|Title||Dysregulation of serum prolactin links the hypothalamus with female nociceptors to promote migraine.|
|Publication Type||Journal Article|
|Year of Publication||2022|
|Authors||Watanabe M, Kopruszinski CM, Moutal A, Ikegami D, Khanna R, Chen Y, Ross S, Mackenzie K, Stratton J, Dodick DW, Navratilova E, Porreca F|
|Date Published||2022 Aug 27|
|Keywords||Animals, Dopaminergic Neurons, Female, Hyperalgesia, Hypothalamus, Male, Mice, Migraine Disorders, Nociceptors, Pain, Prolactin, Receptors, Opioid, kappa, Receptors, Prolactin|
Migraine headache results from activation of meningeal nociceptors, however, the hypothalamus is activated many hours before the emergence of pain. How hypothalamic neural mechanisms may influence trigeminal nociceptor function remains unknown. Stress is a common migraine trigger that engages hypothalamic dynorphin/kappa opioid receptor (KOR) signalling and increases circulating prolactin. Prolactin acts at both long and short prolactin receptor isoforms that are expressed in trigeminal afferents. Following downregulation of the prolactin receptor long isoform, prolactin signalling at the prolactin receptor short isoform sensitizes nociceptors selectively in females. We hypothesized that stress may activate the kappa opioid receptor on tuberoinfundibular dopaminergic neurons to increase circulating prolactin leading to female-selective sensitization of trigeminal nociceptors through dysregulation of prolactin receptor isoforms. A mouse two-hit hyperalgesic priming model of migraine was used. Repeated restraint stress promoted vulnerability (i.e. first-hit priming) to a subsequent subthreshold (i.e. second-hit) stimulus from inhalational umbellulone, a TRPA1 agonist. Periorbital cutaneous allodynia served as a surrogate of migraine-like pain. Female and male KORCre; R26lsl-Sun1-GFP mice showed a high percentage of KORCre labelled neurons co-localized in tyrosine hydroxylase-positive cells in the hypothalamic arcuate nucleus. Restraint stress increased circulating prolactin to a greater degree in females. Stress-primed, but not control, mice of both sexes developed periorbital allodynia following inhalational umbellulone. Gi-DREADD activation (i.e. inhibition through Gi-coupled signalling) in KORCre neurons in the arcuate nucleus also increased circulating prolactin and repeated chemogenetic manipulation of these neurons primed mice of both sexes to umbellulone. Clustered regularly interspaced short palindromic repeats-Cas9 deletion of the arcuate nucleus KOR prevented restraint stress-induced prolactin release in female mice and priming from repeated stress episodes in both sexes. Inhibition of circulating prolactin occurred with systemic cabergoline, a dopamine D2 receptor agonist, blocked priming selectively in females. Repeated restraint stress downregulated the prolactin receptor long isoform in the trigeminal ganglia of female mice. Deletion of prolactin receptor in trigeminal ganglia by nasal clustered regularly interspaced short palindromic repeats-Cas9 targeting both prolactin receptor isoforms prevented stress-induced priming in female mice. Stress-induced activation of hypothalamic KOR increases circulating prolactin resulting in trigeminal downregulation of prolactin receptor long and pain responses to a normally innocuous TRPA1 stimulus. These are the first data that provide a mechanistic link between stress-induced hypothalamic activation and the trigeminal nociceptor effectors that produce trigeminal sensitization and migraine-like pain. This sexually dimorphic mechanism may help to explain female prevalence of migraine. KOR antagonists, currently in phase II clinical trials, may be useful as migraine preventives in both sexes, while dopamine agonists and prolactin/ prolactin receptor antibodies may improve therapy for migraine, and other stress-related neurological disorders, in females.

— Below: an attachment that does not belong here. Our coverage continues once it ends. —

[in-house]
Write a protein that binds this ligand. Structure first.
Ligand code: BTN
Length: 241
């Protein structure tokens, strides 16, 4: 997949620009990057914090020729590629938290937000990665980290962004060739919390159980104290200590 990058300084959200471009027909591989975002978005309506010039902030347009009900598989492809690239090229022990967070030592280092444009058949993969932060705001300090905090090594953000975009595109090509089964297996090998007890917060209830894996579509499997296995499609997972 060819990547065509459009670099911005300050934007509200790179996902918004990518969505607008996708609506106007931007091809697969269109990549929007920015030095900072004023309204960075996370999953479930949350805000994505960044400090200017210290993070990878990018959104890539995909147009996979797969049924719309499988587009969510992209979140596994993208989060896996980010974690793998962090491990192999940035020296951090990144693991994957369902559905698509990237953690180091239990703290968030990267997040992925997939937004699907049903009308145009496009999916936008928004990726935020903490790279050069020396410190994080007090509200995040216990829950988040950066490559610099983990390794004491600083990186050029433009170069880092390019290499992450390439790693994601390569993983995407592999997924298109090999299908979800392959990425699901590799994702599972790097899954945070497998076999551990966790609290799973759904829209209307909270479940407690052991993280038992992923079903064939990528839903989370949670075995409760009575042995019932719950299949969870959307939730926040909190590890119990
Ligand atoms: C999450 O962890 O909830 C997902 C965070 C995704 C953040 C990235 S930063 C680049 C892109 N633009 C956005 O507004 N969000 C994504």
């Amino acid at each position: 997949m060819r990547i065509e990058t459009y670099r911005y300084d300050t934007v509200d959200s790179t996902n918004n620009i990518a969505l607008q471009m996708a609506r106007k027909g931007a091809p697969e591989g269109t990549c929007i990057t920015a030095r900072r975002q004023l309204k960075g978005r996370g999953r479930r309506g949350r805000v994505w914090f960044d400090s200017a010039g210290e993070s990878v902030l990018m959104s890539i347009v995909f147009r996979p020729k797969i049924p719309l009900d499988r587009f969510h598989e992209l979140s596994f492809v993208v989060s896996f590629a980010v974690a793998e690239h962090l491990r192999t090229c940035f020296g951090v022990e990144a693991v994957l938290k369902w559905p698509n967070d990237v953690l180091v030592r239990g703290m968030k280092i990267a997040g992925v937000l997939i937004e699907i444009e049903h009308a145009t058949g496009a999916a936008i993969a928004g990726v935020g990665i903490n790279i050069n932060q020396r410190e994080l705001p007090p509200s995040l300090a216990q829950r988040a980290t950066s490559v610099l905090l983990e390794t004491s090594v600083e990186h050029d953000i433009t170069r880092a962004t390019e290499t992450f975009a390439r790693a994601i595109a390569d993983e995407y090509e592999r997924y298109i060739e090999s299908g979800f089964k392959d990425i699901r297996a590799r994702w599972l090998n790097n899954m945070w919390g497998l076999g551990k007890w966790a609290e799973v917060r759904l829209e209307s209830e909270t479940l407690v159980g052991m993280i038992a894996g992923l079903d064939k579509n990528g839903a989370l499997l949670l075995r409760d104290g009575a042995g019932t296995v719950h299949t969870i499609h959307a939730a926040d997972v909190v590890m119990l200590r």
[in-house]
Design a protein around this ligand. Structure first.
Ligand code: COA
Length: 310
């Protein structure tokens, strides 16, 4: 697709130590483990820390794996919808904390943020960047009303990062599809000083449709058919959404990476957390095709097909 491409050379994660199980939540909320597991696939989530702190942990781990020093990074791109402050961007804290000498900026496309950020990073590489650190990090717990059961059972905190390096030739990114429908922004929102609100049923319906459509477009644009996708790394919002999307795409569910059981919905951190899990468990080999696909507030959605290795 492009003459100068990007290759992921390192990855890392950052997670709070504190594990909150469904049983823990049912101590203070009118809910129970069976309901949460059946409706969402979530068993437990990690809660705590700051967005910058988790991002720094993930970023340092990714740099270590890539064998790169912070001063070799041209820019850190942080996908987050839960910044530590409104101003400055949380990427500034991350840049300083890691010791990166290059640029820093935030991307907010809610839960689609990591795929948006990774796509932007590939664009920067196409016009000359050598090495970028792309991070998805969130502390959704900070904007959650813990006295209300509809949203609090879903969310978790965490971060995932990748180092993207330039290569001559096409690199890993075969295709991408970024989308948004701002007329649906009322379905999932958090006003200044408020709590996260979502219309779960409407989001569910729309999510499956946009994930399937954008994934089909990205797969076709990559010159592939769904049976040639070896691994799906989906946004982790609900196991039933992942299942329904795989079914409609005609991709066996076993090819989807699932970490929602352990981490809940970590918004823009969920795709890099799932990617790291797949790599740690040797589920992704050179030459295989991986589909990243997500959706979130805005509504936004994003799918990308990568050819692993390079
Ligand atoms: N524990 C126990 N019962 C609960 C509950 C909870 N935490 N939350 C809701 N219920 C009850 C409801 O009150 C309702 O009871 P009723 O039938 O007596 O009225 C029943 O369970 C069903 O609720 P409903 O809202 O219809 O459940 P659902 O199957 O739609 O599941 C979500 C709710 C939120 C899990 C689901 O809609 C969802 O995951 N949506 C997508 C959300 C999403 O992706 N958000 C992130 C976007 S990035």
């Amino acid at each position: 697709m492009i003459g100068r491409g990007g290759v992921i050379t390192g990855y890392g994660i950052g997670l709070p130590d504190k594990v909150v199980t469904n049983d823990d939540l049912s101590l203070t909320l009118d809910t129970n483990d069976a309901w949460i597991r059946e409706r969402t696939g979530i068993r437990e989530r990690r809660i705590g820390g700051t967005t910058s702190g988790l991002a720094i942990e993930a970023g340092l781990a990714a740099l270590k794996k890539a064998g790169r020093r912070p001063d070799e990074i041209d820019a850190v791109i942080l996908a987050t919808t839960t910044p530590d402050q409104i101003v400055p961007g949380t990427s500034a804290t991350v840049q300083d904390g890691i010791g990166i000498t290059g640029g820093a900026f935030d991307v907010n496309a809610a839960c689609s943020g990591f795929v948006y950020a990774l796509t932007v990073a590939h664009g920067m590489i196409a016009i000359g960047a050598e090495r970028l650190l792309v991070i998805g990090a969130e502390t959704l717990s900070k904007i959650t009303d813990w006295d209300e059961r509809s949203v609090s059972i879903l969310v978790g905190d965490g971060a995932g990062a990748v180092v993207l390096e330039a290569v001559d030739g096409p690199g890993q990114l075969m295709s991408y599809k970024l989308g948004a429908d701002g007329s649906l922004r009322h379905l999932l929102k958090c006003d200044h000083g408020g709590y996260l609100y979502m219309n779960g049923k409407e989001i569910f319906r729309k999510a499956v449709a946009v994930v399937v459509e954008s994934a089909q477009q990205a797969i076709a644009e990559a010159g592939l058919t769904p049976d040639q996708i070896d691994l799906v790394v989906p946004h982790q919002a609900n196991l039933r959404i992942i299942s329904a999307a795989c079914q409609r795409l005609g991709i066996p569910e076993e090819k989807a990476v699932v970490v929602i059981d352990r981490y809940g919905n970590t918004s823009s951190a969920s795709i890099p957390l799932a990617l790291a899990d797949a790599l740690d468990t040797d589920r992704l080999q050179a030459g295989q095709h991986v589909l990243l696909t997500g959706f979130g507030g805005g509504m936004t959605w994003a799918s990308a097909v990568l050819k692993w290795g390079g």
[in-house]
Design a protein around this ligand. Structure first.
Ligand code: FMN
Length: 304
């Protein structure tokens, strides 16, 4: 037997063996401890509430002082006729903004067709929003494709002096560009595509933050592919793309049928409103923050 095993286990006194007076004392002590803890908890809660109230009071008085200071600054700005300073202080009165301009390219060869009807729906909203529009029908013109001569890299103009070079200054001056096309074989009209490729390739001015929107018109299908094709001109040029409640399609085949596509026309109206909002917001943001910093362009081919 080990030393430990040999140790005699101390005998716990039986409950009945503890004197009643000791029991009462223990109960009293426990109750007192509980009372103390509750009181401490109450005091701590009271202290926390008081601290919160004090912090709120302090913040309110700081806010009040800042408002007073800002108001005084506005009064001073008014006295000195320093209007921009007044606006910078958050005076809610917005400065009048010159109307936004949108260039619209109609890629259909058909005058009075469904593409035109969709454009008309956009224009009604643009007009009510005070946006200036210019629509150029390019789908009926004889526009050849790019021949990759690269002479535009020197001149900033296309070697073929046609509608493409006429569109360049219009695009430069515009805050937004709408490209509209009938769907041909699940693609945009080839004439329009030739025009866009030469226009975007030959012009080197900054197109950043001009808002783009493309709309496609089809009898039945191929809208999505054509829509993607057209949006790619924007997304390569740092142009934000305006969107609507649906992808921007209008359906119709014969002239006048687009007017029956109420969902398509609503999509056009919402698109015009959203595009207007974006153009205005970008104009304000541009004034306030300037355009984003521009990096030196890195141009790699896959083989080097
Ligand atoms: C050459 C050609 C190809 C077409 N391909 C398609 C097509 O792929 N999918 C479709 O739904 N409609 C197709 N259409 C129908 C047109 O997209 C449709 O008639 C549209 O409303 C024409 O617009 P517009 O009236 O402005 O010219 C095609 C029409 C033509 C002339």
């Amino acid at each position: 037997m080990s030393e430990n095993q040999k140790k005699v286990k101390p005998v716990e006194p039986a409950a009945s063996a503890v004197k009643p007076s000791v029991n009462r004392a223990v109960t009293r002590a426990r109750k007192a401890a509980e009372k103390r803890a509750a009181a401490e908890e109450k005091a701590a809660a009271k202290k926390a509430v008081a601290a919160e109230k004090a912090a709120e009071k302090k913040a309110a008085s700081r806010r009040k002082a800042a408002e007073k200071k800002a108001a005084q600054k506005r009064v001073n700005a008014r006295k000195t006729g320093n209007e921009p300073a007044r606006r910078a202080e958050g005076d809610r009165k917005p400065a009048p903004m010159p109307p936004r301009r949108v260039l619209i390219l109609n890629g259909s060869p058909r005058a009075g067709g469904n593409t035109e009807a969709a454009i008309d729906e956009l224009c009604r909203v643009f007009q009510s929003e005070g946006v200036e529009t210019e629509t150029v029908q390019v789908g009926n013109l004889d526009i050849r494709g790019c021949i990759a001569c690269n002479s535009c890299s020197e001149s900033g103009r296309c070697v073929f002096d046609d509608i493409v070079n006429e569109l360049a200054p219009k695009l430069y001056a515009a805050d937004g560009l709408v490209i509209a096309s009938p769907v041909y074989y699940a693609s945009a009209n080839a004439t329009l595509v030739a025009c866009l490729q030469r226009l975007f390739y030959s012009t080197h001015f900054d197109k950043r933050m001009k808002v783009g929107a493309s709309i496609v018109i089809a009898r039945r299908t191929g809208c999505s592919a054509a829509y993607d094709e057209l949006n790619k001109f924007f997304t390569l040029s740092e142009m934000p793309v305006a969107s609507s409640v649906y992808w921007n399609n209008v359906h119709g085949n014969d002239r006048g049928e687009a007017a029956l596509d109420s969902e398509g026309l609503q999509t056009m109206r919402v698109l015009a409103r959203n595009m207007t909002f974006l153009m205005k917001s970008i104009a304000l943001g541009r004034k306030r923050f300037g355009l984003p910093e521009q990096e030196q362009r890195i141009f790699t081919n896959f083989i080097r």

|PubMed Central ID||PMC9890468|
|Grant List||R01 NS119263 / NS / NINDS NIH HHS / United States|
Dysregulation of serum prolactin links the hypothalamus with female nociceptors to promote migraine.
Faculty Member Reference:
Frank Porreca, PhD